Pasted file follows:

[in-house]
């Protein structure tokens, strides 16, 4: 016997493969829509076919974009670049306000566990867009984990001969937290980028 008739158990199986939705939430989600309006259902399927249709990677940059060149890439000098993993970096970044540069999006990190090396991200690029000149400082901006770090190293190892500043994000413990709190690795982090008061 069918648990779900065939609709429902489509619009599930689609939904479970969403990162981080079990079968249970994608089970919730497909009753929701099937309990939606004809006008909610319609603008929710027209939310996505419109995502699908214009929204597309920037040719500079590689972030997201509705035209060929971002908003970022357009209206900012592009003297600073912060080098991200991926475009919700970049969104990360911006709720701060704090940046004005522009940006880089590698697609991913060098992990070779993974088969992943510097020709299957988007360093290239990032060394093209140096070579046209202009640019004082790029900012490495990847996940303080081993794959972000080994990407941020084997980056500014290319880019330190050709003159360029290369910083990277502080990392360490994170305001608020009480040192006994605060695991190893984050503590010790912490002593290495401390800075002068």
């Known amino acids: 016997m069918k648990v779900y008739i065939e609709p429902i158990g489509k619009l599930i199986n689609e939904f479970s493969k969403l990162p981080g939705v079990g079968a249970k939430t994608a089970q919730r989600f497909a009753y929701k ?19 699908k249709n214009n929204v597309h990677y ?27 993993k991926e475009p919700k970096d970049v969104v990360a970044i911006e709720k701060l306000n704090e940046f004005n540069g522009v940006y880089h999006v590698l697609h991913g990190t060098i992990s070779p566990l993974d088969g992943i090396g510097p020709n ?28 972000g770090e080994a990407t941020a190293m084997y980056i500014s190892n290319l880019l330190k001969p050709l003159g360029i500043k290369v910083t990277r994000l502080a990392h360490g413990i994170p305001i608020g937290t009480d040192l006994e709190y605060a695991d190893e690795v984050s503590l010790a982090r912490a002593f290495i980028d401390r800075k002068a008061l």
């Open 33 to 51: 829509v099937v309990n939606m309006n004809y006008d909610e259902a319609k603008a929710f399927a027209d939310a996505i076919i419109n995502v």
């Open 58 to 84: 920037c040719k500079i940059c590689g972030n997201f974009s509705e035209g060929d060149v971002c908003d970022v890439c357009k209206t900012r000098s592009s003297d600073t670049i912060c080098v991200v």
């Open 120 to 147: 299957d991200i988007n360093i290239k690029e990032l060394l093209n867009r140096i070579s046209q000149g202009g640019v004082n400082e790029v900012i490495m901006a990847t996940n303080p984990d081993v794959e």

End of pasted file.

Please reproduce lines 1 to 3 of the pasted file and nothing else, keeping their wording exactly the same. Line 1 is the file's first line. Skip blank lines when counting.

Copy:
[in-house]
């Protein structure tokens, strides 16, 4: 016997493969829509076919974009670049306000566990867009984990001969937290980028 008739158990199986939705939430989600309006259902399927249709990677940059060149890439000098993993970096970044540069999006990190090396991200690029000149400082901006770090190293190892500043994000413990709190690795982090008061 069918648990779900065939609709429902489509619009599930689609939904479970969403990162981080079990079968249970994608089970919730497909009753929701099937309990939606004809006008909610319609603008929710027209939310996505419109995502699908214009929204597309920037040719500079590689972030997201509705035209060929971002908003970022357009209206900012592009003297600073912060080098991200991926475009919700970049969104990360911006709720701060704090940046004005522009940006880089590698697609991913060098992990070779993974088969992943510097020709299957988007360093290239990032060394093209140096070579046209202009640019004082790029900012490495990847996940303080081993794959972000080994990407941020084997980056500014290319880019330190050709003159360029290369910083990277502080990392360490994170305001608020009480040192006994605060695991190893984050503590010790912490002593290495401390800075002068």
């Known amino acids: 016997m069918k648990v779900y008739i065939e609709p429902i158990g489509k619009l599930i199986n689609e939904f479970s493969k969403l990162p981080g939705v079990g079968a249970k939430t994608a089970q919730r989600f497909a009753y929701k ?19 699908k249709n214009n929204v597309h990677y ?27 993993k991926e475009p919700k970096d970049v969104v990360a970044i911006e709720k701060l306000n704090e940046f004005n540069g522009v940006y880089h999006v590698l697609h991913g990190t060098i992990s070779p566990l993974d088969g992943i090396g510097p020709n ?28 972000g770090e080994a990407t941020a190293m084997y980056i500014s190892n290319l880019l330190k001969p050709l003159g360029i500043k290369v910083t990277r994000l502080a990392h360490g413990i994170p305001i608020g937290t009480d040192l006994e709190y605060a695991d190893e690795v984050s503590l010790a982090r912490a002593f290495i980028d401390r800075k002068a008061l």